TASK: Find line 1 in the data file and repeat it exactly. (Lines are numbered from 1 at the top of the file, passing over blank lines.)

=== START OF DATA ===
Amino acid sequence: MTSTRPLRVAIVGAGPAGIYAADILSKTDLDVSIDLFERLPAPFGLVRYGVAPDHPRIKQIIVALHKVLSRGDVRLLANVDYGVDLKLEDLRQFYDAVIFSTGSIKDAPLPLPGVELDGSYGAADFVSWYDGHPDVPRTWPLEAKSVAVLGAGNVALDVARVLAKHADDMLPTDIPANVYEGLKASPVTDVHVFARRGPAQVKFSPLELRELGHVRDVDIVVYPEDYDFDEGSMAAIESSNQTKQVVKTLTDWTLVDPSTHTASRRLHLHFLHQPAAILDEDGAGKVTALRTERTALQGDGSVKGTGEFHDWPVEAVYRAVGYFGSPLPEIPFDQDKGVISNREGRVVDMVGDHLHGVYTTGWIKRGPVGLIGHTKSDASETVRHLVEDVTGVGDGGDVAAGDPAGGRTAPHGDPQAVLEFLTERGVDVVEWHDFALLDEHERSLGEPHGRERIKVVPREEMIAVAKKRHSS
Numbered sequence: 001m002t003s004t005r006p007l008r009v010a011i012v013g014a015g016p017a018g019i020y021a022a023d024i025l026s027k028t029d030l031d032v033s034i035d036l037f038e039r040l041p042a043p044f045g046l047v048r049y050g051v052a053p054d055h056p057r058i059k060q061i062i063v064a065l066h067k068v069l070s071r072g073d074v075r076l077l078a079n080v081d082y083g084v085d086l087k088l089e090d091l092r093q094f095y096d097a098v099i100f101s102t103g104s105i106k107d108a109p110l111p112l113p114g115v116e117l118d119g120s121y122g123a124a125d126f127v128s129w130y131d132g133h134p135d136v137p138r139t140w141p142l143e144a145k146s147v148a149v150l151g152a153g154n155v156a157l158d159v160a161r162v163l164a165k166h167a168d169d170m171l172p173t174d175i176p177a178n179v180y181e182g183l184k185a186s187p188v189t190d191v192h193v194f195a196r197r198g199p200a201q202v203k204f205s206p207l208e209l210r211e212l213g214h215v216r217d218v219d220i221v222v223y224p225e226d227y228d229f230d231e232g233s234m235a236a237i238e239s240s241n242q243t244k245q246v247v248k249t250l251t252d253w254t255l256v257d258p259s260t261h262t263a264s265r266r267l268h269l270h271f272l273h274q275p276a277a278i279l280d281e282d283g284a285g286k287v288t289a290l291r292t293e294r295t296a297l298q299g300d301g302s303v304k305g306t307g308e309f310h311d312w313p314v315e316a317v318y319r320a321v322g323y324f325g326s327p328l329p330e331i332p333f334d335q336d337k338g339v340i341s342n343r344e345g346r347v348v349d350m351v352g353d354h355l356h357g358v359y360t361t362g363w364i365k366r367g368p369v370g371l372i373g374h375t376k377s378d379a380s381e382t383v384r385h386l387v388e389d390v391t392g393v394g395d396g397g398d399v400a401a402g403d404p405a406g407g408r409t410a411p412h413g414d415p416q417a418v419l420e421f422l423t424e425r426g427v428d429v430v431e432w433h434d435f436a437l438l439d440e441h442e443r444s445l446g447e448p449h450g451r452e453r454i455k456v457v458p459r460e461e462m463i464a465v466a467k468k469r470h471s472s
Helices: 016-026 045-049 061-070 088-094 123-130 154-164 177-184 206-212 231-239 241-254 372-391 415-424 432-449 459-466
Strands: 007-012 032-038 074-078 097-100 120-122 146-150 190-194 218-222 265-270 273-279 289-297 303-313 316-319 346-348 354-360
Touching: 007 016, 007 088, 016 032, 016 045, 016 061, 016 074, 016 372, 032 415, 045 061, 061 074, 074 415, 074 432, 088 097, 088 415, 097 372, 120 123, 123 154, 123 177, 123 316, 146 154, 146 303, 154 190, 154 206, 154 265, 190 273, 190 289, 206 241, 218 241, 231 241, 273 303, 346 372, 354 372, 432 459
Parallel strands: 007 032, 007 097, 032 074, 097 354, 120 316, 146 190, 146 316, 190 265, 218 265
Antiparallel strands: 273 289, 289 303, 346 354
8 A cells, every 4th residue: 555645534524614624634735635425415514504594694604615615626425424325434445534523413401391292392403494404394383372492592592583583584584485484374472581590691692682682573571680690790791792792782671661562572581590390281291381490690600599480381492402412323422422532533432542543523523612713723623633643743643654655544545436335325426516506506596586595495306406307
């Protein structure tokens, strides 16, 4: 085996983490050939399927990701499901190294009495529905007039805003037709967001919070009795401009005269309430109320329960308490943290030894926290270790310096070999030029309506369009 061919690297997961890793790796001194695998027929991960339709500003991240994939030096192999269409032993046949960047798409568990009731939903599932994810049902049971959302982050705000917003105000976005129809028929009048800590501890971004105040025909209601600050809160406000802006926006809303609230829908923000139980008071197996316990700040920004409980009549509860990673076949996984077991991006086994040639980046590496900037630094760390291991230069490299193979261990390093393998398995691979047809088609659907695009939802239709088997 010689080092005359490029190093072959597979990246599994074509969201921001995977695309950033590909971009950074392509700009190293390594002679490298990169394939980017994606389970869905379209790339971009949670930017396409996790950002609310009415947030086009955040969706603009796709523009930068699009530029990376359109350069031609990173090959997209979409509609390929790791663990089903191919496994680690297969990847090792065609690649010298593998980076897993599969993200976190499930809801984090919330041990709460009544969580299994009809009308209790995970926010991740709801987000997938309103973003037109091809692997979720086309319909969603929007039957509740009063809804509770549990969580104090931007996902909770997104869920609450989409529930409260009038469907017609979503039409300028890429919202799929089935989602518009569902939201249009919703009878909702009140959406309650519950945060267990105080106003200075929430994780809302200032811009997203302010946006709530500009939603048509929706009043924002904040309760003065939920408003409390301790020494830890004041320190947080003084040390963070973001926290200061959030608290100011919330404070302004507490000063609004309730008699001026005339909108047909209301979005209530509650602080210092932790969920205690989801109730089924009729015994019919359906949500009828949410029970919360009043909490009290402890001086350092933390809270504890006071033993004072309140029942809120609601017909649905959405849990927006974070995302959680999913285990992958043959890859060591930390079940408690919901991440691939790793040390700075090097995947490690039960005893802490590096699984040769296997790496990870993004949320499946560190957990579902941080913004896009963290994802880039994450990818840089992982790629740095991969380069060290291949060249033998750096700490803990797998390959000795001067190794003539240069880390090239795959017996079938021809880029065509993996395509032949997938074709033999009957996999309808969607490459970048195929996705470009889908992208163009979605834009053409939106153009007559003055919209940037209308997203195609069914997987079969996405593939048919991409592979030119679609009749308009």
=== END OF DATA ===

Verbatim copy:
Amino acid sequence: MTSTRPLRVAIVGAGPAGIYAADILSKTDLDVSIDLFERLPAPFGLVRYGVAPDHPRIKQIIVALHKVLSRGDVRLLANVDYGVDLKLEDLRQFYDAVIFSTGSIKDAPLPLPGVELDGSYGAADFVSWYDGHPDVPRTWPLEAKSVAVLGAGNVALDVARVLAKHADDMLPTDIPANVYEGLKASPVTDVHVFARRGPAQVKFSPLELRELGHVRDVDIVVYPEDYDFDEGSMAAIESSNQTKQVVKTLTDWTLVDPSTHTASRRLHLHFLHQPAAILDEDGAGKVTALRTERTALQGDGSVKGTGEFHDWPVEAVYRAVGYFGSPLPEIPFDQDKGVISNREGRVVDMVGDHLHGVYTTGWIKRGPVGLIGHTKSDASETVRHLVEDVTGVGDGGDVAAGDPAGGRTAPHGDPQAVLEFLTERGVDVVEWHDFALLDEHERSLGEPHGRERIKVVPREEMIAVAKKRHSS